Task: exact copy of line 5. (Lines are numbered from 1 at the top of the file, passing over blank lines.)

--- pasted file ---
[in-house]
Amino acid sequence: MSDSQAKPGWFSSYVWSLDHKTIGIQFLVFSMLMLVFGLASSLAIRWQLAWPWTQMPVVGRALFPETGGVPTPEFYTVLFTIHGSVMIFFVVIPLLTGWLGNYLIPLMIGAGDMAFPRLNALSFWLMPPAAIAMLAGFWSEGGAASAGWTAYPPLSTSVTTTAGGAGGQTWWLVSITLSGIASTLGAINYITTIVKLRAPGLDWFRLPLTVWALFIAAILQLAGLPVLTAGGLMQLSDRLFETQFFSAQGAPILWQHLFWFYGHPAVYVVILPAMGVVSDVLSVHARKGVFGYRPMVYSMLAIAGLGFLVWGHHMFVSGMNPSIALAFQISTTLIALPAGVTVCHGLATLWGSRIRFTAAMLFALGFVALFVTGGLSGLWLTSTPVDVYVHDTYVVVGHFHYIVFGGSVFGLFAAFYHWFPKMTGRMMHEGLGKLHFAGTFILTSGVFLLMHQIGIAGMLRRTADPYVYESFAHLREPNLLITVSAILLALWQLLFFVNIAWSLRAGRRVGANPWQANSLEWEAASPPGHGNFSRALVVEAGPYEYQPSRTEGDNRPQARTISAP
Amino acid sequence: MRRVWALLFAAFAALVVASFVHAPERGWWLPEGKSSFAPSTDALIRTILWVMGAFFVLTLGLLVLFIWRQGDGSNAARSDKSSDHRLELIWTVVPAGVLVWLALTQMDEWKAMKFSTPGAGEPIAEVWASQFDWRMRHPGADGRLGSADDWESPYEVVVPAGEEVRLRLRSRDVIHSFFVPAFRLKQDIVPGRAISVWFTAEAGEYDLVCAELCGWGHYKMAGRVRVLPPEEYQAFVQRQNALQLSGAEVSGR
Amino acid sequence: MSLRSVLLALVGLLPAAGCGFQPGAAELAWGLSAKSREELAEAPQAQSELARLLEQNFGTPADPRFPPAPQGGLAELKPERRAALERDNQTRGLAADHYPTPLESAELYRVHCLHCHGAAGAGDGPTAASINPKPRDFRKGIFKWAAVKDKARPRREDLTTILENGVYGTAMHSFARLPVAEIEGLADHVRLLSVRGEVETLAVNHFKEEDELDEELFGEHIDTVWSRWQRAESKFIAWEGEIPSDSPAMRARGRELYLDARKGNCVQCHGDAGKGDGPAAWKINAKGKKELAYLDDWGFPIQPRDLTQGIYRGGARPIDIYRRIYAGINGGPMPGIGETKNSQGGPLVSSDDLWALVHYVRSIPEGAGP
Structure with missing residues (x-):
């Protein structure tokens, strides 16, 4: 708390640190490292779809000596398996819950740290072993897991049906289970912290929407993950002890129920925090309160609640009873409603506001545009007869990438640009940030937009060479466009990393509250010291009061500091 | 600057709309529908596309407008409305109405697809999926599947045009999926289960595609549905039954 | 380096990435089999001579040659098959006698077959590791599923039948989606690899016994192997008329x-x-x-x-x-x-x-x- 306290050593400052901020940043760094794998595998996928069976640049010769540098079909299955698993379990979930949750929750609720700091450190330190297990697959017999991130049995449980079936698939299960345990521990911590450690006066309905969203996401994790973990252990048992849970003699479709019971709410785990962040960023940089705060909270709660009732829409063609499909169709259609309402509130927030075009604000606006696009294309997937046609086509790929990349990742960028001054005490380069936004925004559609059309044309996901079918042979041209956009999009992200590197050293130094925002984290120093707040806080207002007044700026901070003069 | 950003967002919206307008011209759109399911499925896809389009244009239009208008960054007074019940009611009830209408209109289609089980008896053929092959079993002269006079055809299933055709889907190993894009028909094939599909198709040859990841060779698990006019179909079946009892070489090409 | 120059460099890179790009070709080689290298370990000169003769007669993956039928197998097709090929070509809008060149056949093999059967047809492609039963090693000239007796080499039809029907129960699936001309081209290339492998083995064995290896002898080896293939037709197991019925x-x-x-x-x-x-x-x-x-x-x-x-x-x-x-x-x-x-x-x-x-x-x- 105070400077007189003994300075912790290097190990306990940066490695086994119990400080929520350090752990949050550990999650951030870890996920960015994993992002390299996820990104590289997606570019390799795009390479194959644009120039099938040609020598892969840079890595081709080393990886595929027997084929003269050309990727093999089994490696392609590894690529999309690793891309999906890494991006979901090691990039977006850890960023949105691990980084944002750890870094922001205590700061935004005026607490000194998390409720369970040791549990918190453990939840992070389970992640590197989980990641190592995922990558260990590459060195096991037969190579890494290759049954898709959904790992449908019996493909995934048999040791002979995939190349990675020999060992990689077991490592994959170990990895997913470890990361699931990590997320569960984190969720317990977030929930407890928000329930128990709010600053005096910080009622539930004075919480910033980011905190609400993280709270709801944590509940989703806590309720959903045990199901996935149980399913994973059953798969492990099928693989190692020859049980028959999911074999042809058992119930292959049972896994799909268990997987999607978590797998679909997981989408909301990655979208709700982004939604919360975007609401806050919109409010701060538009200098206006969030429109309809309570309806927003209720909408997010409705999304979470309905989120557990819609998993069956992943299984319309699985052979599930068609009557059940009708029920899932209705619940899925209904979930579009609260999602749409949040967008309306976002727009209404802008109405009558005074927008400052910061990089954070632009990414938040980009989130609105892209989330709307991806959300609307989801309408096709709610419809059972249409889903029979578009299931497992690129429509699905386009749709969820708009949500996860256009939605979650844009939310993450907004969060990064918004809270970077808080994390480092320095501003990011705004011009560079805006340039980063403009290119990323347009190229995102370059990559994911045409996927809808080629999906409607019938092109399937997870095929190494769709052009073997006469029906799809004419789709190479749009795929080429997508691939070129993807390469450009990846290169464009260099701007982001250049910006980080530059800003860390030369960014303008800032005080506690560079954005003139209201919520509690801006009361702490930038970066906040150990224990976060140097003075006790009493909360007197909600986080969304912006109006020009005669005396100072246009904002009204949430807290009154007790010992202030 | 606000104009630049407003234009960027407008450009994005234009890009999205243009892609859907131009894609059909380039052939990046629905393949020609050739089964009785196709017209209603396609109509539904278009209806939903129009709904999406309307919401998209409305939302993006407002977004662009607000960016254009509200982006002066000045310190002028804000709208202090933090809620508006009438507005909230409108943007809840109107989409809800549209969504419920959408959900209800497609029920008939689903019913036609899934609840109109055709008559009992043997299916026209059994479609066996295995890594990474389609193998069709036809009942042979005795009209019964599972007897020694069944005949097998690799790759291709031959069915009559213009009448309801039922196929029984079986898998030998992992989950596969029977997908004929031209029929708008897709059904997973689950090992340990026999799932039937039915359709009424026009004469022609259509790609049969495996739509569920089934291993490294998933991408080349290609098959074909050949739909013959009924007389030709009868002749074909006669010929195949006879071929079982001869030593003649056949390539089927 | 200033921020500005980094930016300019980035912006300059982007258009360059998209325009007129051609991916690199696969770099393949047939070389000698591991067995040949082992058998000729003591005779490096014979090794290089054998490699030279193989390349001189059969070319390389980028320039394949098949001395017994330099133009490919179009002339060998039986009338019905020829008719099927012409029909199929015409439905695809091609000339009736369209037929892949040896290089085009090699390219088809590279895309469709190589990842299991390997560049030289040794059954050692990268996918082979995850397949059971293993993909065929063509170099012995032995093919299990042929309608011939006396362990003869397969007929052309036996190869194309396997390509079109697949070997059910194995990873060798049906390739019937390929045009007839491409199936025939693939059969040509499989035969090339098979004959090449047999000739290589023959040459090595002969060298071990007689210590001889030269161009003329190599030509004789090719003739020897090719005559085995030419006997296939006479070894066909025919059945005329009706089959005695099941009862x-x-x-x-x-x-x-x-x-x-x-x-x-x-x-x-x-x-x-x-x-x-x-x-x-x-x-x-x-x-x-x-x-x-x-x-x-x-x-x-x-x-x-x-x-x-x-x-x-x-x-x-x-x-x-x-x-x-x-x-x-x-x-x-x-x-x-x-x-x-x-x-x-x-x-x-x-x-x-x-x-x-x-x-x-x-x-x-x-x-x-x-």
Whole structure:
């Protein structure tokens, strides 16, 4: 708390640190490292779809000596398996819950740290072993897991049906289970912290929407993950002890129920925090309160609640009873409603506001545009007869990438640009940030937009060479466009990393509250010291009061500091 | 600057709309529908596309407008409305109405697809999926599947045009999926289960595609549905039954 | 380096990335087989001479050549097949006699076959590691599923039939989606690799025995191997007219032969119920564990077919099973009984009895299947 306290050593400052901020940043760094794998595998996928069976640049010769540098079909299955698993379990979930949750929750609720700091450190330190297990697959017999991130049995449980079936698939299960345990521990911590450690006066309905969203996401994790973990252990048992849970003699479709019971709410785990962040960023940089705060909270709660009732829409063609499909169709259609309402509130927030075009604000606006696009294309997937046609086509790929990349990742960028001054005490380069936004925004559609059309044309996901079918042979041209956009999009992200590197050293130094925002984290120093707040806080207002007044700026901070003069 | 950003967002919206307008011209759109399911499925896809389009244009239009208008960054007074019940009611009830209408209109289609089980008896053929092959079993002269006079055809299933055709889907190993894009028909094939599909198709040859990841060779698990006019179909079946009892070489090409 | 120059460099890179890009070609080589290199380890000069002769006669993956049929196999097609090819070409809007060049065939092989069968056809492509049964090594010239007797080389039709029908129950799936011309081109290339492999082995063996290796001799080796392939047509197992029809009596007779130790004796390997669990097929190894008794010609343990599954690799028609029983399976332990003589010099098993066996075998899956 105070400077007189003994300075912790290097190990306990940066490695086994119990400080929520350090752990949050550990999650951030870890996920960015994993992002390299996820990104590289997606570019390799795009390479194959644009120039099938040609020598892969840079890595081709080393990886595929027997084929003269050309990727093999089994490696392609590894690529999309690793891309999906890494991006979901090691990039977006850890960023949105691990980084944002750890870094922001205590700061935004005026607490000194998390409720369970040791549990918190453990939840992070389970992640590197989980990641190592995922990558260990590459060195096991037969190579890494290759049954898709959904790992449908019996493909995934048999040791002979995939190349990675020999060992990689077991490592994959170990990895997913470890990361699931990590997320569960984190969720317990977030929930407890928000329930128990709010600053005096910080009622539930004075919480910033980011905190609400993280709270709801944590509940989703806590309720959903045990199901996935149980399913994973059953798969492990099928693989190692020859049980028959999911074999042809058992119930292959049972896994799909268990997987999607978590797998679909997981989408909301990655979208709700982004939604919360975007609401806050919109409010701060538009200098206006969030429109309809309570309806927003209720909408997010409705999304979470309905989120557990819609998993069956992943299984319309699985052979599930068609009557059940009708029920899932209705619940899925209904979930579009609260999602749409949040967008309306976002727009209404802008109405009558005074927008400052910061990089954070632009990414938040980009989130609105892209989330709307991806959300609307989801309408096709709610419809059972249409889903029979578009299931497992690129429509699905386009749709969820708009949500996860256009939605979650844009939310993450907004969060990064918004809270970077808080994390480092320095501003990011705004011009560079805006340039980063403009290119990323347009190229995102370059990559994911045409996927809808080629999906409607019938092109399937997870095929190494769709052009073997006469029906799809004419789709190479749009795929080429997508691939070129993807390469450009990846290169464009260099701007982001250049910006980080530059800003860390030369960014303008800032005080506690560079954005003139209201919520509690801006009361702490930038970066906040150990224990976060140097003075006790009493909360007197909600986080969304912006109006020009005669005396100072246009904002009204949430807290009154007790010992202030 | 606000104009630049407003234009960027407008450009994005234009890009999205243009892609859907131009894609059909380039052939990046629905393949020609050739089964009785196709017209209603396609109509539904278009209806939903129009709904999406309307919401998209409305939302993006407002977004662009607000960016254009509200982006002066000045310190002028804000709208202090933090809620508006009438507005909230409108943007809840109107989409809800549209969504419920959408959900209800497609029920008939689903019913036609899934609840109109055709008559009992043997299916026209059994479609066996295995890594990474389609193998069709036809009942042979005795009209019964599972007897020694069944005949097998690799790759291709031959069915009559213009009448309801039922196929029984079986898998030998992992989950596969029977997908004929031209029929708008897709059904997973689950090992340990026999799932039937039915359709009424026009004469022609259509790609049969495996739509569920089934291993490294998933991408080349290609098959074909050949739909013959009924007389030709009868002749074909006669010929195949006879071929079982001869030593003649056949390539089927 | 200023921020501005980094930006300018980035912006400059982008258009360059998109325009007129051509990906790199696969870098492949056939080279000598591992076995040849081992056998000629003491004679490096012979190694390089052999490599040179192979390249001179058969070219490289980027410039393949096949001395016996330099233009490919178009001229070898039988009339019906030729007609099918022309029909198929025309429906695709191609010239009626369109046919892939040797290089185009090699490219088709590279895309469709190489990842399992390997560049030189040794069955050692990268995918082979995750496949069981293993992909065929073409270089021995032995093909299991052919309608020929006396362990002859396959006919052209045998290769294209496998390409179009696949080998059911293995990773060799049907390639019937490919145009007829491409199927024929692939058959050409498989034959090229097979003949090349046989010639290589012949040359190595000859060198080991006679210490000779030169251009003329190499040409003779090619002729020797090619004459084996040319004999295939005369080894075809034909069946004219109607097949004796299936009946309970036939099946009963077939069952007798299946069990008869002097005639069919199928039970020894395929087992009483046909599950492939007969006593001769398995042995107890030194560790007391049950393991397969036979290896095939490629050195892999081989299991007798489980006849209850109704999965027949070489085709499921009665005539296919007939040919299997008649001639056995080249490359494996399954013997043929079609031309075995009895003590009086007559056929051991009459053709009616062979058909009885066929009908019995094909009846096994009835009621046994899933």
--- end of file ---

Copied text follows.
Structure with missing residues (x-):